The longer I look at this race for the Democratic Primary nomination, where the winner will probably become the next NYC Mayor (After 20 years of Republicans)…..
The More I am convinced that it will come down to Weiner vs Thompson…..
Weiner has the media and ‘underdog’ title…Thompson has Labor and the Black vote….
I’m calling it for Weiner right now …..
When campaigns schedule voter meet-and-greets outside of subway stops, they typically entail candidates standing on sidewalks with handfuls of flyers, trying desperately to shake hands with frenzied commuters–often disinterested in being pestered on their way to or from work. But this wasn’t the usual candidate.
This was former Congressman Anthony Weiner, who held court this evening on the Upper West Side. For well over an hour, Mr. Weiner stood surrounded by a crowd of attentive voters, spectators and reporters, fielding one question after the next after the next.
“If I had a soap box I’d climb up on it,” mused Mr. Weiner early on in the conversation, which was reminiscent of the atmosphere at the famed Speaker’s Corner in London’s Hyde Park.
Aside from an early heckler, the reception was overwhelmingly positive, with various locals stopping to pose for photos, listen in and wish Mr. Weiner well. Others peppered him with questions on a host of topics, including education, bike lanes, the NYPD’s stop-and-frisk tactic, affordable housing and hospital closings.
Among the most interesting came near the end, when Mr. Weiner was asked to name one former mayor and one national political figure he most aspired to be like.
On the city side, he cited Ed Koch. “I liked the first two terms of Koch. This idea of doing this,” he said, gesturing to the group. “Like, he seemed to take joy–the same way I do–in meeting people and talking to them. There wasn’t this sense of condescension with Koch. And then third terms … you hear what I’m saying, get tough.”
Christine Quinn. (Photo: Getty)
Council Speaker Christine Quinn’s mayoral campaign shifted gears last month as she tore into her various opponents for their allegedly lackluster records, but she didn’t go after them by name. That changed tonight.
The fireworks began when, during an interview on NY1′s Road to City Hall, Ms. Quinn was presented with rival Bill de Blasio’s argument today that the City Council “has been manipulated by the mayor, especially via Speaker Quinn,” and thus can’t be tasked with reforming the city’s embattled 911 system.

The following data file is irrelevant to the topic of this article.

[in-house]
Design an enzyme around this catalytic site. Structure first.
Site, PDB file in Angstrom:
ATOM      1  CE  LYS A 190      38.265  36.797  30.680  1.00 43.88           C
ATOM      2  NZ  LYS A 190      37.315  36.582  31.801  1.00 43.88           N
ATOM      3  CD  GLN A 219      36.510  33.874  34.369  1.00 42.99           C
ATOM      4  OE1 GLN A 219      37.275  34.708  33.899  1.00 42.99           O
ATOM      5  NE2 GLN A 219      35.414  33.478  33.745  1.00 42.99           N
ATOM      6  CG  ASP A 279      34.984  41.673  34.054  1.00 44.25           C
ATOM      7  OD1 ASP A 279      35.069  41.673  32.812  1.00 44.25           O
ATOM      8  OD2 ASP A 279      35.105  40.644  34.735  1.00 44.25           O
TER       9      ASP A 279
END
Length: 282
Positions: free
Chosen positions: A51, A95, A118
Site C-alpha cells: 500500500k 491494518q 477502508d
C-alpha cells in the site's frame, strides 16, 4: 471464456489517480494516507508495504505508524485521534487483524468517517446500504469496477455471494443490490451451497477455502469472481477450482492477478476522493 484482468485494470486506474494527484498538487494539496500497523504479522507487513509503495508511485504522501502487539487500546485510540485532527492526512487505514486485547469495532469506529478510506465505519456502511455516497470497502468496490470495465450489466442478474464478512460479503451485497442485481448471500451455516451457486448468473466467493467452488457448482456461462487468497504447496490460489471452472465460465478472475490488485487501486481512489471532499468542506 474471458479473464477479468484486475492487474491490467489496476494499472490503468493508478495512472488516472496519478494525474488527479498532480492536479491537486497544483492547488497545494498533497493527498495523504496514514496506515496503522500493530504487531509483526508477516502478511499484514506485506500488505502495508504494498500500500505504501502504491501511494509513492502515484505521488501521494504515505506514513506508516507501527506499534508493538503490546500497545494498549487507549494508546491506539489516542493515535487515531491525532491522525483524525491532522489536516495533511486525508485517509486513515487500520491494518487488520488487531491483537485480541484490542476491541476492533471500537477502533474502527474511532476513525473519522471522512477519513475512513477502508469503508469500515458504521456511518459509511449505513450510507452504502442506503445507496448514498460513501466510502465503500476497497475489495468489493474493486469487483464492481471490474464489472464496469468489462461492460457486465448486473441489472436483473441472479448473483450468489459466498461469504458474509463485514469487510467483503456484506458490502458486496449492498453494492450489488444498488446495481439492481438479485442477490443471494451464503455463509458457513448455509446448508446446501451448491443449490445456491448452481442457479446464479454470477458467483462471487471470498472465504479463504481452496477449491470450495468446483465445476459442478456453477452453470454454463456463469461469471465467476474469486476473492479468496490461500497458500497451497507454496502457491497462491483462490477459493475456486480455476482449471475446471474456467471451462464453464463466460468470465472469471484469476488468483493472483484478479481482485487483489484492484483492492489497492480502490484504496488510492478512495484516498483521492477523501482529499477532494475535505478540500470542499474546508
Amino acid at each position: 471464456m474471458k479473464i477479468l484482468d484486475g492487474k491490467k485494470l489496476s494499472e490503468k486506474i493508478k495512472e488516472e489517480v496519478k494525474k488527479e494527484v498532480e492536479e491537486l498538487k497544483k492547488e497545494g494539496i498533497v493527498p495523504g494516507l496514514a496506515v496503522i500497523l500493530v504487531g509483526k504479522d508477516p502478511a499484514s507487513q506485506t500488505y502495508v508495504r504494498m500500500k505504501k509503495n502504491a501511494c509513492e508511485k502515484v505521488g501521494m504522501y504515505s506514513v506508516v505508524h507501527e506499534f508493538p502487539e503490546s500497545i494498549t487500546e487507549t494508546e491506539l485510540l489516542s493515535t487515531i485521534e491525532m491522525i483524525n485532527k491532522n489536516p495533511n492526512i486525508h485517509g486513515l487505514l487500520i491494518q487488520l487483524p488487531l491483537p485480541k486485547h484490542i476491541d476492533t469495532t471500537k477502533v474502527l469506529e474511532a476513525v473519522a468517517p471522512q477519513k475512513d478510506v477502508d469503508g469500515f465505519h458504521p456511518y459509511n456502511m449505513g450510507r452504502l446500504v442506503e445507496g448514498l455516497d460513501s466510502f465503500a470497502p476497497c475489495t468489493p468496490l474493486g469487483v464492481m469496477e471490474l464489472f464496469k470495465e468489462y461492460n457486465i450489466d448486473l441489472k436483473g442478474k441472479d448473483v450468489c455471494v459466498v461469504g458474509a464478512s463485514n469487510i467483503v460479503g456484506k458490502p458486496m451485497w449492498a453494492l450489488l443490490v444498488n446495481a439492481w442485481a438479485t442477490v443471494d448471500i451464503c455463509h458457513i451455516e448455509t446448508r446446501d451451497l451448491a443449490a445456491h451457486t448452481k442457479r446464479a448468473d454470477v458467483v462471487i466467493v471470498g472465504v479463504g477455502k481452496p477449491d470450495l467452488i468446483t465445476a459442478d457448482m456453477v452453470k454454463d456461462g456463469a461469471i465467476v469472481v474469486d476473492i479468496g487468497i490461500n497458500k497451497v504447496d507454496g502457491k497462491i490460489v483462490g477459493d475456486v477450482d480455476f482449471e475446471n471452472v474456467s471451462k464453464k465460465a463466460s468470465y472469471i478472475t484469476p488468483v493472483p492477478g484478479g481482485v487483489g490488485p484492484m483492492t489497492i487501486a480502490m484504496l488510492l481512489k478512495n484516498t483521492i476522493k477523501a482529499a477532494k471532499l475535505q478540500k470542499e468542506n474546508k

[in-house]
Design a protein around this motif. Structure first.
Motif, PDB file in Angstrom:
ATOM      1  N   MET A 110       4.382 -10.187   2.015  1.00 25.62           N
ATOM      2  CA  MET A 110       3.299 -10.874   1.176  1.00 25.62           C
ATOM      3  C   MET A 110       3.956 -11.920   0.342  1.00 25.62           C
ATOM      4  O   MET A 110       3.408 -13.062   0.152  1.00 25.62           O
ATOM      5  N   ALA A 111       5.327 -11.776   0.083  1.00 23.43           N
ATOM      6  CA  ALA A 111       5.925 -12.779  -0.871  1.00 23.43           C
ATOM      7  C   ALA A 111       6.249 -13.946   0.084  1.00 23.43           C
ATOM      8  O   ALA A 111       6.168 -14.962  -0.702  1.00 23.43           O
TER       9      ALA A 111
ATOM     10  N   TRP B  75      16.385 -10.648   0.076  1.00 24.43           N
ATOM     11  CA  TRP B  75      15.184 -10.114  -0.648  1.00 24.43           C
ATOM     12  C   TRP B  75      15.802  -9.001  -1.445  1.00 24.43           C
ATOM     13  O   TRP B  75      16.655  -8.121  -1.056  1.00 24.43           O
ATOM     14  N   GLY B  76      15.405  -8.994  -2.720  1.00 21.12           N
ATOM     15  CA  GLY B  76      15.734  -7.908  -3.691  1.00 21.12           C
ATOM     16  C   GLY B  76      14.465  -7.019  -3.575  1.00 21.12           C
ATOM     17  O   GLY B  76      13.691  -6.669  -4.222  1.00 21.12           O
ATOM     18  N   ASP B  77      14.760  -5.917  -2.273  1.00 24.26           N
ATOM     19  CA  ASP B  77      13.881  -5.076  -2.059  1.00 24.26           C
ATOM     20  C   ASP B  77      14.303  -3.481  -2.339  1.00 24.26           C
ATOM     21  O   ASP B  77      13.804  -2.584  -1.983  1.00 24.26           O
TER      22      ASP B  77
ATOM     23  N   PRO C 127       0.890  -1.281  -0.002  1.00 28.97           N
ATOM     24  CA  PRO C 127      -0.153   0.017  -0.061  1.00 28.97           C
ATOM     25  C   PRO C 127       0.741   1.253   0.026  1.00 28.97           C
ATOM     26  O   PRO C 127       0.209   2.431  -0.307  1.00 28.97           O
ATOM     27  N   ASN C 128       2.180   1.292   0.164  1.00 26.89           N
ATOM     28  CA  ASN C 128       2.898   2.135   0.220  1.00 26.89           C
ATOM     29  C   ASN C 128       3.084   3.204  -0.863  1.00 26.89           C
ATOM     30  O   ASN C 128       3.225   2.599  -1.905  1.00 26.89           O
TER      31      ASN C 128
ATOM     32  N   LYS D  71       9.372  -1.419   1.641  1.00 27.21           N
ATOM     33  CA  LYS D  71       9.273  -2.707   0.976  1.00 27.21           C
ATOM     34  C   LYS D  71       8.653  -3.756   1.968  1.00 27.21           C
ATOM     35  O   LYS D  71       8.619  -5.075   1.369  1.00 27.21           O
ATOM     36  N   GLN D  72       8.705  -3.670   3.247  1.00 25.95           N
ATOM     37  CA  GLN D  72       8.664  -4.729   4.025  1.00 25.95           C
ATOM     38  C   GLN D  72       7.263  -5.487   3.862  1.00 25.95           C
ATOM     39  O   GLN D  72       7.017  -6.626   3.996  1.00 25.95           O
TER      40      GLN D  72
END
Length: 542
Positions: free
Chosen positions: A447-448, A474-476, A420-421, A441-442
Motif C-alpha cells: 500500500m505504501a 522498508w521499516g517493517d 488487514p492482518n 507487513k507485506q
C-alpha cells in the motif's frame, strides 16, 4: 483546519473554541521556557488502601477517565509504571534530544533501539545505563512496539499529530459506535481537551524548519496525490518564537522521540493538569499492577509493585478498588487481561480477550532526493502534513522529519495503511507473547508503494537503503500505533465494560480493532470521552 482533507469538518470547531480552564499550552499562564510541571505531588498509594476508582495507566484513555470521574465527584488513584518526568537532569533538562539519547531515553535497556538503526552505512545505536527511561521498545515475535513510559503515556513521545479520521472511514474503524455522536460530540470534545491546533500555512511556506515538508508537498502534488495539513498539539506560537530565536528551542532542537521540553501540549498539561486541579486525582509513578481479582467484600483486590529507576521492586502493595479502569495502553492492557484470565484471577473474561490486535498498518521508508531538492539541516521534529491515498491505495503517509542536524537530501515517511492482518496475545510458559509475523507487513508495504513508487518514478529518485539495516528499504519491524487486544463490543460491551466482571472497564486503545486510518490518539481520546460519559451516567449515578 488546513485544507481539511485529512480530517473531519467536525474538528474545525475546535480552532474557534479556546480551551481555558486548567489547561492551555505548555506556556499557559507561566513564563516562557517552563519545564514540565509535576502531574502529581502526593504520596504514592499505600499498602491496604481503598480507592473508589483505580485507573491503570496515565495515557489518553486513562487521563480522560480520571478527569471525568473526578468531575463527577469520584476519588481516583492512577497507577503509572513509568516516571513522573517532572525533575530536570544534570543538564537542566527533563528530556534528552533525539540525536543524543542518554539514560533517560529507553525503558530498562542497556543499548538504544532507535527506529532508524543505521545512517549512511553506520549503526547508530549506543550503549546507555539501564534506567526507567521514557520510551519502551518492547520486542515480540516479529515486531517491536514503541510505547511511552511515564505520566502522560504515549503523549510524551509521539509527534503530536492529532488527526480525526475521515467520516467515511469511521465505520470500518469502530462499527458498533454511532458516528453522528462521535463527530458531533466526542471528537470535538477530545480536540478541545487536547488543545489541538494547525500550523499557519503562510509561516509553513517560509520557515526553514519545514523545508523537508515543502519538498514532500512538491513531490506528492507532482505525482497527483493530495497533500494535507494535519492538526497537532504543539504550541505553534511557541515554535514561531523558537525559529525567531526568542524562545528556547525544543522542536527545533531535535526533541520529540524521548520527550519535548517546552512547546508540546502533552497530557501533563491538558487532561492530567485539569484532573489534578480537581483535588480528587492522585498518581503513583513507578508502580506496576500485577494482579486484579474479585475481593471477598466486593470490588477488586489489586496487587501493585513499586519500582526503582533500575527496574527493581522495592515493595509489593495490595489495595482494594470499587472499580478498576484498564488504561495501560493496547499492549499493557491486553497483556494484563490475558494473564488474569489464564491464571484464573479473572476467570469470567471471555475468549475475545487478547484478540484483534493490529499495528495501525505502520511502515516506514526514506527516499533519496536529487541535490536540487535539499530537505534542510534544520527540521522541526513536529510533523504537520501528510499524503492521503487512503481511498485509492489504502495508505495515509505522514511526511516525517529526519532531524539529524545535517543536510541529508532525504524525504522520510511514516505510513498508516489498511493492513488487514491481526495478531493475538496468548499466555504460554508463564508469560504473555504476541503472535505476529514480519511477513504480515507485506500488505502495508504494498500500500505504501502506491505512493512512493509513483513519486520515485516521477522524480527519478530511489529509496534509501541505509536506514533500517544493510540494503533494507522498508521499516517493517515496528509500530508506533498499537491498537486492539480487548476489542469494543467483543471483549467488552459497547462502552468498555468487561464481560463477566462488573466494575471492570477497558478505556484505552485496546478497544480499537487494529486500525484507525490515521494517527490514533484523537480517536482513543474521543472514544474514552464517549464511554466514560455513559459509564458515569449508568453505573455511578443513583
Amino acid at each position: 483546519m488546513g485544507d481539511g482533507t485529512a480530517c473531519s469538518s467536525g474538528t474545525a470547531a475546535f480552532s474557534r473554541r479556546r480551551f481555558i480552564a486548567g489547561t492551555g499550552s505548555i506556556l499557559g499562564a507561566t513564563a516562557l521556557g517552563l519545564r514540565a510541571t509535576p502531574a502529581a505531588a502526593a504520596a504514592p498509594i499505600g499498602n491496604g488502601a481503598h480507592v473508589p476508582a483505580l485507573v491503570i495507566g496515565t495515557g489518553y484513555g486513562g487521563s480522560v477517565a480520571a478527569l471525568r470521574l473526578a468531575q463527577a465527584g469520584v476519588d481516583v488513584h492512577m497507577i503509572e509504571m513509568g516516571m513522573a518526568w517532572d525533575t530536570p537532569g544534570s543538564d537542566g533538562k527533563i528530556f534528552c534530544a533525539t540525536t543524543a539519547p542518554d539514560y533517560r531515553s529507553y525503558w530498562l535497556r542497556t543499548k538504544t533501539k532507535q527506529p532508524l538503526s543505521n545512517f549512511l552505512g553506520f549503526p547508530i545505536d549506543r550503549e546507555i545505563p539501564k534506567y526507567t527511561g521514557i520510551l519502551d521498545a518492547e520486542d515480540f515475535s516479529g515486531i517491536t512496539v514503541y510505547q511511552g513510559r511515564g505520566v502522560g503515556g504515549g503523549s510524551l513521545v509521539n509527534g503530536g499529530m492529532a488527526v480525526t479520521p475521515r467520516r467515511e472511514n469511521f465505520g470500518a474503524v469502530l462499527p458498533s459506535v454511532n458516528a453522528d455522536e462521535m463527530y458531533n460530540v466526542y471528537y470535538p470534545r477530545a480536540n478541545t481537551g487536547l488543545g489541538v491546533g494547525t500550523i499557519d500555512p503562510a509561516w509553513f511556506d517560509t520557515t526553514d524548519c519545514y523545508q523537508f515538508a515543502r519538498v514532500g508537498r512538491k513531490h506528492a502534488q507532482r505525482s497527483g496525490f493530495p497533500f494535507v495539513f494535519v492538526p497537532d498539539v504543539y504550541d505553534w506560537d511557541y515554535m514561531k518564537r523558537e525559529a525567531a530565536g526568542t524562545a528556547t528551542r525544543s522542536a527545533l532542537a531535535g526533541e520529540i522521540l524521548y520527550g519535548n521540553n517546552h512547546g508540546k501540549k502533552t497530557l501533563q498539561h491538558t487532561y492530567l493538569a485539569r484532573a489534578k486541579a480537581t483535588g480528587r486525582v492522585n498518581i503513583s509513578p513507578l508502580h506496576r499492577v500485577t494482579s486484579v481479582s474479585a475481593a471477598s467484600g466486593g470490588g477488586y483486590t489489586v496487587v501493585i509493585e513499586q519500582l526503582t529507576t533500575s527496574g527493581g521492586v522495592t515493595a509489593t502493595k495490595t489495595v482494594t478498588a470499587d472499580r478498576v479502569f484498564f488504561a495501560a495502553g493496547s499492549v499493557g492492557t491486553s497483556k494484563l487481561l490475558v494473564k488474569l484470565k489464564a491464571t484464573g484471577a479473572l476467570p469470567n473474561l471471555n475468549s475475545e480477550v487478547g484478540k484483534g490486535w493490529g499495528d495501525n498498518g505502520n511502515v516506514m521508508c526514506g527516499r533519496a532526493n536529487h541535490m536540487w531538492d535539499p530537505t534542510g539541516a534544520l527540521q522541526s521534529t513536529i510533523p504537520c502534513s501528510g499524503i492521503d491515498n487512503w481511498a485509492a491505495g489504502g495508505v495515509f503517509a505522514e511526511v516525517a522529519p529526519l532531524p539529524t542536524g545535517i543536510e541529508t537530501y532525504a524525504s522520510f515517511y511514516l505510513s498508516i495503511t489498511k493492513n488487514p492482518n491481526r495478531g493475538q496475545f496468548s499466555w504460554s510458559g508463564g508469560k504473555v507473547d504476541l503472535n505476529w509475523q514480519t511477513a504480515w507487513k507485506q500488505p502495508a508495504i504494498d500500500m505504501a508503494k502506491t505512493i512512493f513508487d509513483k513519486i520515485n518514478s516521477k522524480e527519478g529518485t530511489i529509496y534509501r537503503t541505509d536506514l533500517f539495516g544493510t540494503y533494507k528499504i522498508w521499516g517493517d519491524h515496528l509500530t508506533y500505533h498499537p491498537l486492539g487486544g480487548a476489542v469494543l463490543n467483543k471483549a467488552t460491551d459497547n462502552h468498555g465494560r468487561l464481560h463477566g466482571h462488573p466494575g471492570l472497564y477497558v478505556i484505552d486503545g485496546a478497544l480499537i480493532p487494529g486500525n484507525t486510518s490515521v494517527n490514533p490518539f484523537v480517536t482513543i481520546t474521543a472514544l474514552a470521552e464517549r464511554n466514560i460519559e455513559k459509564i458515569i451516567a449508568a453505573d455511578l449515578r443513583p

“Bill de Blasio is desperate,” Ms. Quinn shot back. “He is stuck in the bottom of the polls and he’s desperately, and quite frankly, sadly attacking an institution I’m incredibly proud of–an institution he was a member of and in the leadership of for eight years.”
And, when given the opportunity to attack former Comptroller Bill Thompson over his handling of the infamous CityTime project–a city contract aiming at modernizing payroll systems that went vastly over budget–Ms. Quinn didn’t hesitate.
“The comptroller, one of his most basic responsibilities … is to audit. He didn’t do that. He was asleep at the switch and first started taking responsibility and now is blaming other people when he let $700 million basically go right under his nose. That’s a record he has to defend and stop blaming other people,” Ms. Quinn said.
But, in a sign of a new fiery pace of the mayoral campaign, Mr. Thompson and Mr. de Blasio had statements out blasting Ms. Quinn right back before her full interview had even aired this evening.
Transport Workers Union Local 100, which represents bus and subway workers, has decided to endorse Democrat Bill Thompson for mayor, the Daily News has learned.
The union, which has 30,000 members, will make an official announcement at City Hall on Tuesday, a source said.
CITY’S TEACHERS UNION ENDORSES BILL THOMPSON FOR MAYOR
Former MTA Chairman Joseph Lhota, who resigned in December to run for mayor as a Republican, was not invited to apply for the endorsement, the source said.
Before leaving the transit agency, Lhota unsuccessfully negotiated with the TWU for months to try and nail down a new union contract.
photo…susana bates for the NY Daily News
Bill Thompson scored an endorsement for mayor from the 30,000-member TWU Local 100.
Thompson told labor brass that he would work with Gov. Cuomo to help them secure a fair contract, but he stopped short of backing retroactive raises, which the union is pushing for, the source said.
Three other Democrats — City Council Speaker Christine Quinn, Public Advocate Bill de Blasio and Controller John Liu — all met with union leaders, but Thompson ended up winning out, the source said.